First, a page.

Updated: Nov 4, 2019
"But I've never had panic attacks before!"
Yep, if you have autonomic dysreflexia, this might be a sentence you've told someone. When I relapsed with Guillain-Barre Syndrome, I was in the lowest headspace possible. I was depressed to be back in the hospital and my resolve to fight was at an all-time low.
One day I was sitting in my hospital room and told my husband that I really wasn't feeling well. I felt hot, in pain, like my blood pressure was through the roof, and ... like I was dying. There is no other way to explain it.
My husband, Evan, was a chief resident in Urology at the time of my diagnosis so needless to say, things in medicine didn't shock him much. He's trained to remain calm in stressful situations. But in this moment, it started to unravel some. He immediately looked at me as I couldn't speak. It was an out of body experience and I could only cry. As tears ran down my cheeks he kept asking me how he could help and what was wrong.
He immediately took my pulse and without saying anything I could tell it must have been uncomfortably fast. He paged for the nurse multiple times and they didn't seem to get the gravity of the situation. Finally, he told them he immediately wanted the attending physician in our room and NOW. When the Doctor came in, I was rather exhausted. My first autonomic dysreflexia episode was coming to an end and I was drenched in sweat.
They had taken my blood pressure and it was 200/160 ... not good. The Doctor didn't really listen to what had happened and said she wanted to put me on panic attack medications. Now don't get me wrong, I am an anxious person by nature, but I had never suffered panic attacks and furthermore, I knew this wasn't a panic attack. Something had happened to my body that was unlike anything I had ever experienced.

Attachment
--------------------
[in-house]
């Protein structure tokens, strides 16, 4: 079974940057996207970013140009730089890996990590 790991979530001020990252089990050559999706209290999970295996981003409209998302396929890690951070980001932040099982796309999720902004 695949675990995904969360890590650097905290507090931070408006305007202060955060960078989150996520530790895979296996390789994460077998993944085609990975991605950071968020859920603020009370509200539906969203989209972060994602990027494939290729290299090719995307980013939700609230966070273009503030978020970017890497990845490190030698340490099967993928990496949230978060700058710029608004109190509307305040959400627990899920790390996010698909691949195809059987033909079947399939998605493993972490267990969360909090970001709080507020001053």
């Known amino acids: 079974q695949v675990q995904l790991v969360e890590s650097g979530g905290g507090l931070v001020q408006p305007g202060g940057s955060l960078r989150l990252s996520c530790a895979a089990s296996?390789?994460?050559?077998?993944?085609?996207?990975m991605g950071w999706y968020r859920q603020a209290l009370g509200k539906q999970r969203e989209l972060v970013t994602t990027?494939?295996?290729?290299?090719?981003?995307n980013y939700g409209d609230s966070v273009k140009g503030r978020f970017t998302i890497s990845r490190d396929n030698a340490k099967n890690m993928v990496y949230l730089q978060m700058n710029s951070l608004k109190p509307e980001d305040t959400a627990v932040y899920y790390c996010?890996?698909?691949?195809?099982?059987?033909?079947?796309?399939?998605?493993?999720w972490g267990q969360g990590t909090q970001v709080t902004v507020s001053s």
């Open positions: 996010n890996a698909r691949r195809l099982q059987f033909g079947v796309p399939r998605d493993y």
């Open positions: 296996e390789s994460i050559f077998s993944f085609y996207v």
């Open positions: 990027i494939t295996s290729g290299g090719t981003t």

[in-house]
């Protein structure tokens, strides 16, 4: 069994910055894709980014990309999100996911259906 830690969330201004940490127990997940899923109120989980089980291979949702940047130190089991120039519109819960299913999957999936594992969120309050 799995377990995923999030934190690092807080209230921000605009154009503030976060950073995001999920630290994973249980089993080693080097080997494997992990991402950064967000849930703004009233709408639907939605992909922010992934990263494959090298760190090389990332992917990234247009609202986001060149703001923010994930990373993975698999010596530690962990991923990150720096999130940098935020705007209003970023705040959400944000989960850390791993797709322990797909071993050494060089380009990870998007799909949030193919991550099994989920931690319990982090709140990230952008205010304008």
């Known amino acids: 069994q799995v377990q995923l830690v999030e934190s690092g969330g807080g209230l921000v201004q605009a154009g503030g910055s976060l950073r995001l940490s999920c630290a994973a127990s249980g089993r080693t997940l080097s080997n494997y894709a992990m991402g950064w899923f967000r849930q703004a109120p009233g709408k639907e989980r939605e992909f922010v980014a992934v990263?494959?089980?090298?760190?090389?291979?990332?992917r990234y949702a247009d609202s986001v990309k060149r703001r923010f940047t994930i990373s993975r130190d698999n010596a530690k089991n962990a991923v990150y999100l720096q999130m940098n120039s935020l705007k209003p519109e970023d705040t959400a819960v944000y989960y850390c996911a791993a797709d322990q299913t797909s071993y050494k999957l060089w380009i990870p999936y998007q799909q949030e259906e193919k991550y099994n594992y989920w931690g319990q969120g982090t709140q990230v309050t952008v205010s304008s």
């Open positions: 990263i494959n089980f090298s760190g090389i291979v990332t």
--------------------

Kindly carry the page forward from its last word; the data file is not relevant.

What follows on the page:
Before I go any further, I'd like to make a big caveat. My healthcare personnel throughout my GBS journey was 99% positive. We had Doctors, nurses, physical therapists, and occupational therapists that literally brought me back to life. I am forever grateful for their kindness, their compassion, and their patience. This was probably just the wrong day or maybe she was young and not aware of GBS very much. That's actually the most likely reason and for that, this is exactly why I type these blogs. For all to learn.
Fortunately Evan had an idea as to what I had experienced (you have to understand that when you've been caring for someone with GBS, you kinda become an expert. We had read every medical study (albeit there aren't many since it's rare) and he questioned what she thought about my episode aligning with autonomic dysreflexia (something common with spinal cord patients with bladder issues). We refused taking panic attack medications and knew another physician would be on call within 24 hours for a second opinion. Within a couple hours another more senior attending came and without hesitation and with 100% certainty, diagnosed me with something I would now have lifelong: autonomic dysreflexia.
Sure enough, I was diagnosed with another horrid syndrome, on top of the GBS. It was frustrating and, oh yeah, I realized I forgot to ask the Doctor ... what the he double hockey sticks is autonomic dysreflexia?
Turns out, it has remained my enemy even 5 years later...